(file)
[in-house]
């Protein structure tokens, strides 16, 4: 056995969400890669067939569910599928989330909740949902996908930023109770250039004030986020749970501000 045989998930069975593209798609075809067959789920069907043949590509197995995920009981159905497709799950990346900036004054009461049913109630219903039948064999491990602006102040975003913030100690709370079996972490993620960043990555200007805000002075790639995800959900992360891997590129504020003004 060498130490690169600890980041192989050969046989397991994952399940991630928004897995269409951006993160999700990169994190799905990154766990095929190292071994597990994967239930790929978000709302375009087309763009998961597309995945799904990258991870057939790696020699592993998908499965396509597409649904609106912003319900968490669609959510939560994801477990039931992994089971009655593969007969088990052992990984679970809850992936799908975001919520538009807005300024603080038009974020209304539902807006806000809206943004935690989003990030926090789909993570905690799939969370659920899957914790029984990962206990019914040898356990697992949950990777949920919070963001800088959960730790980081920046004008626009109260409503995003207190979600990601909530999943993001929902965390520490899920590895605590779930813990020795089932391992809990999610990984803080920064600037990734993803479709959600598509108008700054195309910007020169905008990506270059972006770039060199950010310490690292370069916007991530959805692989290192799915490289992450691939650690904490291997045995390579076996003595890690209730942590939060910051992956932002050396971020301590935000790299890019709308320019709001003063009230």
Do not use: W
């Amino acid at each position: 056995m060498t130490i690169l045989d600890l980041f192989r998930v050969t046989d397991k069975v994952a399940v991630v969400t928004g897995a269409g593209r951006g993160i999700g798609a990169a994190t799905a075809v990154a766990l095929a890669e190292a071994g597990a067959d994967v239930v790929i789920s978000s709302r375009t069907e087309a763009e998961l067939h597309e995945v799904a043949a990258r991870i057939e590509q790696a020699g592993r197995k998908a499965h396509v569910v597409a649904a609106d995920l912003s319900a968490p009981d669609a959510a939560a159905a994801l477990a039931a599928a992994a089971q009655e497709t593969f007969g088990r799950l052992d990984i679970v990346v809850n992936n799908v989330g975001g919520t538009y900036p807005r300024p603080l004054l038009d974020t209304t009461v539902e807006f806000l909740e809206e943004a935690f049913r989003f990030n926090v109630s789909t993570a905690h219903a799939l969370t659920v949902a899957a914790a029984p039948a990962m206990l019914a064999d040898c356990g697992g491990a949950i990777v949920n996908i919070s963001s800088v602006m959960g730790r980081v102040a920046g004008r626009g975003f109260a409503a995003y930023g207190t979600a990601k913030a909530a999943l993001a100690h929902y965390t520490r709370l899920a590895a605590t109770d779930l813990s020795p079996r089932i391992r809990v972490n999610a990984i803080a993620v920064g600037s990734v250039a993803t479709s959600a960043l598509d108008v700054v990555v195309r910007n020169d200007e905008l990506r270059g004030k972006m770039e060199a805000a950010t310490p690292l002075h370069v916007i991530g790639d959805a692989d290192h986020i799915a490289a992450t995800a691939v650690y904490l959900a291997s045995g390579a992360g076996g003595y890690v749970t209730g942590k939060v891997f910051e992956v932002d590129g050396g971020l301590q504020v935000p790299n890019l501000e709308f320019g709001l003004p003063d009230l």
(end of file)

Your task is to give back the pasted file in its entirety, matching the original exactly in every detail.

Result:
[in-house]
């Protein structure tokens, strides 16, 4: 056995969400890669067939569910599928989330909740949902996908930023109770250039004030986020749970501000 045989998930069975593209798609075809067959789920069907043949590509197995995920009981159905497709799950990346900036004054009461049913109630219903039948064999491990602006102040975003913030100690709370079996972490993620960043990555200007805000002075790639995800959900992360891997590129504020003004 060498130490690169600890980041192989050969046989397991994952399940991630928004897995269409951006993160999700990169994190799905990154766990095929190292071994597990994967239930790929978000709302375009087309763009998961597309995945799904990258991870057939790696020699592993998908499965396509597409649904609106912003319900968490669609959510939560994801477990039931992994089971009655593969007969088990052992990984679970809850992936799908975001919520538009807005300024603080038009974020209304539902807006806000809206943004935690989003990030926090789909993570905690799939969370659920899957914790029984990962206990019914040898356990697992949950990777949920919070963001800088959960730790980081920046004008626009109260409503995003207190979600990601909530999943993001929902965390520490899920590895605590779930813990020795089932391992809990999610990984803080920064600037990734993803479709959600598509108008700054195309910007020169905008990506270059972006770039060199950010310490690292370069916007991530959805692989290192799915490289992450691939650690904490291997045995390579076996003595890690209730942590939060910051992956932002050396971020301590935000790299890019709308320019709001003063009230």
Do not use: W
């Amino acid at each position: 056995m060498t130490i690169l045989d600890l980041f192989r998930v050969t046989d397991k069975v994952a399940v991630v969400t928004g897995a269409g593209r951006g993160i999700g798609a990169a994190t799905a075809v990154a766990l095929a890669e190292a071994g597990a067959d994967v239930v790929i789920s978000s709302r375009t069907e087309a763009e998961l067939h597309e995945v799904a043949a990258r991870i057939e590509q790696a020699g592993r197995k998908a499965h396509v569910v597409a649904a609106d995920l912003s319900a968490p009981d669609a959510a939560a159905a994801l477990a039931a599928a992994a089971q009655e497709t593969f007969g088990r799950l052992d990984i679970v990346v809850n992936n799908v989330g975001g919520t538009y900036p807005r300024p603080l004054l038009d974020t209304t009461v539902e807006f806000l909740e809206e943004a935690f049913r989003f990030n926090v109630s789909t993570a905690h219903a799939l969370t659920v949902a899957a914790a029984p039948a990962m206990l019914a064999d040898c356990g697992g491990a949950i990777v949920n996908i919070s963001s800088v602006m959960g730790r980081v102040a920046g004008r626009g975003f109260a409503a995003y930023g207190t979600a990601k913030a909530a999943l993001a100690h929902y965390t520490r709370l899920a590895a605590t109770d779930l813990s020795p079996r089932i391992r809990v972490n999610a990984i803080a993620v920064g600037s990734v250039a993803t479709s959600a960043l598509d108008v700054v990555v195309r910007n020169d200007e905008l990506r270059g004030k972006m770039e060199a805000a950010t310490p690292l002075h370069v916007i991530g790639d959805a692989d290192h986020i799915a490289a992450t995800a691939v650690y904490l959900a291997s045995g390579a992360g076996g003595y890690v749970t209730g942590k939060v891997f910051e992956v932002d590129g050396g971020l301590q504020v935000p790299n890019l501000e709308f320019g709001l003004p003063d009230l």